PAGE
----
For the ambitious DIYer: Okay, you’ve got a big pile of flooring sitting in your house. Now what?
While we strongly encourage you to rely on a professional to ensure proper installation of this valuable addition to your home that can last for generations, it’s not beyond the means of the average person.
Even though it might seem daunting at first, as long as you don’t mind taking the time to learn something new, are not afraid of hard work and especially if you take satisfaction in seeing the results of your efforts, installing your own floor may be right for you.
Even though it might seem daunting at first, learning how to install wood flooring is merely a matter of elbow grease and patience. Plus, a few good resources and tools!
Learn How to Install Wood Flooring Properly
We recommend that you start with a good book such as Don Bollinger’s Hardwood Floors, available as a how-to DVD from Taunton Press. You will need to learn the basic steps of installing a wood floor, including:
- how to remove old flooring and prepare the subfloor
- how to establish a baseline and layout your floor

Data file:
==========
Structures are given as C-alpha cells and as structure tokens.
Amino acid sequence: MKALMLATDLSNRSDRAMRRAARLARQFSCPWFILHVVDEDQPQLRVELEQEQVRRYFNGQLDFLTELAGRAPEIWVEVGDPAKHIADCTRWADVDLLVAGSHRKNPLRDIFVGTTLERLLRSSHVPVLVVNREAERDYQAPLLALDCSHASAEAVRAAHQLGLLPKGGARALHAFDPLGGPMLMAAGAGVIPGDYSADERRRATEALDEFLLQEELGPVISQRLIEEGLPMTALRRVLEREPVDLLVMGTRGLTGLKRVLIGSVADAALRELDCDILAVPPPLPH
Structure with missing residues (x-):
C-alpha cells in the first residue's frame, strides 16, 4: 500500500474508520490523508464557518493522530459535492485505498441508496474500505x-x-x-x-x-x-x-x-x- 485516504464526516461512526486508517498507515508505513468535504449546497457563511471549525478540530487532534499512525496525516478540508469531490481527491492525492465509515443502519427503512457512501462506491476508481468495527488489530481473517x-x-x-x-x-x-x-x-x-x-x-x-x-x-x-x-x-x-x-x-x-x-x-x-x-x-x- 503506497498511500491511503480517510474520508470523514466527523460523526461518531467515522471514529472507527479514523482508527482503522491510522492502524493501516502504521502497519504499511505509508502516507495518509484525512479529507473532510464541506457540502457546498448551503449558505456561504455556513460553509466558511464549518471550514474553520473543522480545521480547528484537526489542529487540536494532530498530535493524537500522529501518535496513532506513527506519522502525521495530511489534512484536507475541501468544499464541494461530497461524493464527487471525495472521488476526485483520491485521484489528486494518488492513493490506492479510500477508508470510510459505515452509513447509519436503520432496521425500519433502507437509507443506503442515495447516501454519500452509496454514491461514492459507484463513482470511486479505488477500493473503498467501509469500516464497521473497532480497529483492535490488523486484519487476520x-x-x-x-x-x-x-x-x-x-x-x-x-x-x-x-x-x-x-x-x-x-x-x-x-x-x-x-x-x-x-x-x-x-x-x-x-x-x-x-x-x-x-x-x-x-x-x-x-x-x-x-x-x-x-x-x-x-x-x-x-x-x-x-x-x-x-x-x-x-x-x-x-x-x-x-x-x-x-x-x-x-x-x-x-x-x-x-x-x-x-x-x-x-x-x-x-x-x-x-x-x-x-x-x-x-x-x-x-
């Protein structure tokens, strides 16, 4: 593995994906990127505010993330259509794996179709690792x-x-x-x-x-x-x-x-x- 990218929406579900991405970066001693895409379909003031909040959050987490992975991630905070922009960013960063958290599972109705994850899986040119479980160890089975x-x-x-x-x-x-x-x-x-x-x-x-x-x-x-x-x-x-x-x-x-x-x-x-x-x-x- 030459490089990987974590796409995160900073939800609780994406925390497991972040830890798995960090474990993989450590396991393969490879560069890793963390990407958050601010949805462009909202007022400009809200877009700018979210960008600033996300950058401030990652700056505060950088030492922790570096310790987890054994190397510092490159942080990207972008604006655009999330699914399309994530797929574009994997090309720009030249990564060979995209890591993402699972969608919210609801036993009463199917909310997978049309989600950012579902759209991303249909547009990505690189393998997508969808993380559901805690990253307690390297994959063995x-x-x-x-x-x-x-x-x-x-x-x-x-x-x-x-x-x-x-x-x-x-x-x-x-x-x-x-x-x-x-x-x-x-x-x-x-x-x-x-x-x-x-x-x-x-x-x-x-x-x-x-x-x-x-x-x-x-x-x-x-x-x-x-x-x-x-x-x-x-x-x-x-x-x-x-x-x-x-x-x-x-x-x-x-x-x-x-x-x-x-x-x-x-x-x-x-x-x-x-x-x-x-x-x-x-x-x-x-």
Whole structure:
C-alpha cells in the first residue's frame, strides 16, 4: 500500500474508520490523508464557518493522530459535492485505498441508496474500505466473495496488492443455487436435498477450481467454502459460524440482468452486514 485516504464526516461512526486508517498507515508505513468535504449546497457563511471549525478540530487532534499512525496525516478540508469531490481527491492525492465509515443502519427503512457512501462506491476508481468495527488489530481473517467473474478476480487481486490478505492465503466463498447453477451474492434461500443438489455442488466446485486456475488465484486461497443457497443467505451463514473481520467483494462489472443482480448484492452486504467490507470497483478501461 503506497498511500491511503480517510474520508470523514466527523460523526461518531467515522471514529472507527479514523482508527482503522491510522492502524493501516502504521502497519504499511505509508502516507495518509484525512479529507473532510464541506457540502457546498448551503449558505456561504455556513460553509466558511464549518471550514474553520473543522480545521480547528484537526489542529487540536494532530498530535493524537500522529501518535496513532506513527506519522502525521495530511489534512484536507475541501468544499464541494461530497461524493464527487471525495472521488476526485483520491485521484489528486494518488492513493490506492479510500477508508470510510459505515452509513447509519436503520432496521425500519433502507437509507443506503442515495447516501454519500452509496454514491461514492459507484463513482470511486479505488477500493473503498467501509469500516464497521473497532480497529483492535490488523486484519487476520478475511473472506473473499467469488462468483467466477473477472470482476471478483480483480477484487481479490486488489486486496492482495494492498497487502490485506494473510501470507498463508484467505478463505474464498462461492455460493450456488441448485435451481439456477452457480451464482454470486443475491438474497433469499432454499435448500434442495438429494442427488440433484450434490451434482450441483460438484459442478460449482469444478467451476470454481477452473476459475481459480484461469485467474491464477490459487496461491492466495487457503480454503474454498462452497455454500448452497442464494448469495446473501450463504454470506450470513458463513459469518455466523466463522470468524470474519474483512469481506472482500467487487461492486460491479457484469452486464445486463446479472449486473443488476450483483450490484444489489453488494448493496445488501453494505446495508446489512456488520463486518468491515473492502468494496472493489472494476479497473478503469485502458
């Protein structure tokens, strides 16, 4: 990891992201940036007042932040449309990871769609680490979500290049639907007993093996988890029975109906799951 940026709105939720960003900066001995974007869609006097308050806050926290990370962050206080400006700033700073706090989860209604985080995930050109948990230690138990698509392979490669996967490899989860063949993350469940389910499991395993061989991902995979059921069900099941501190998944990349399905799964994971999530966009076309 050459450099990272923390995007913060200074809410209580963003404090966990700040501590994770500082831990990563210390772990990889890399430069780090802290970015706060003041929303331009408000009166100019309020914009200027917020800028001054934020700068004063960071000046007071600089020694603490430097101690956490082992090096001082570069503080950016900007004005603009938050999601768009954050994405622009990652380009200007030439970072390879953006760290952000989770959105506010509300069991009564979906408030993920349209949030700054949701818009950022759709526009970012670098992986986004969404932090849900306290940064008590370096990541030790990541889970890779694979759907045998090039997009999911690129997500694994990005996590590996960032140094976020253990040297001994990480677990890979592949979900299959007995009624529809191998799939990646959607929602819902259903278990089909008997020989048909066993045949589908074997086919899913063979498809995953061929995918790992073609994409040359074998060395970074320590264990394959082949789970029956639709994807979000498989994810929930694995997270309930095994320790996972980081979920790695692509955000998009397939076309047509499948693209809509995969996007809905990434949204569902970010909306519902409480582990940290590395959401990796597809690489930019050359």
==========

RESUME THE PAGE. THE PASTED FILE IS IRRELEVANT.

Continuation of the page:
- how to use a power nailer in tight spaces
- how to lay flooring around awkward spots like hearths and heating ducts
After familiarizing yourself with the terrain, you will need to get the right tools for the job. Wood flooring is best installed using a purpose designed flooring nailer, which is generally available for rent at most building supply stores or rental companies. They’re also great tools to have around if you’re an advanced DIY-er who wants to add one to your collection.
A powerful flooring nailer gun will allow you to quickly lay down floorboards without much hammering.
Wide pine must be face nailed or attached with screws (which can be plugged with matching or contrasting plugs) to prevent cupping. This can be done with modern nails, or old fashioned cut nails such as those available through us from Tremont Nail.
There are nearly an infinite amount of finishing options available to you, one of the beauties of installing an unfinished floor.
In addition to the myriad of stain types and colors, if you so choose, there are many surface finishes as well. Whether you choose a simple oil finish or a modern monocoat you can be sure that they will all serve to reveal and highlight the beauty that will be your floor for a lifetime.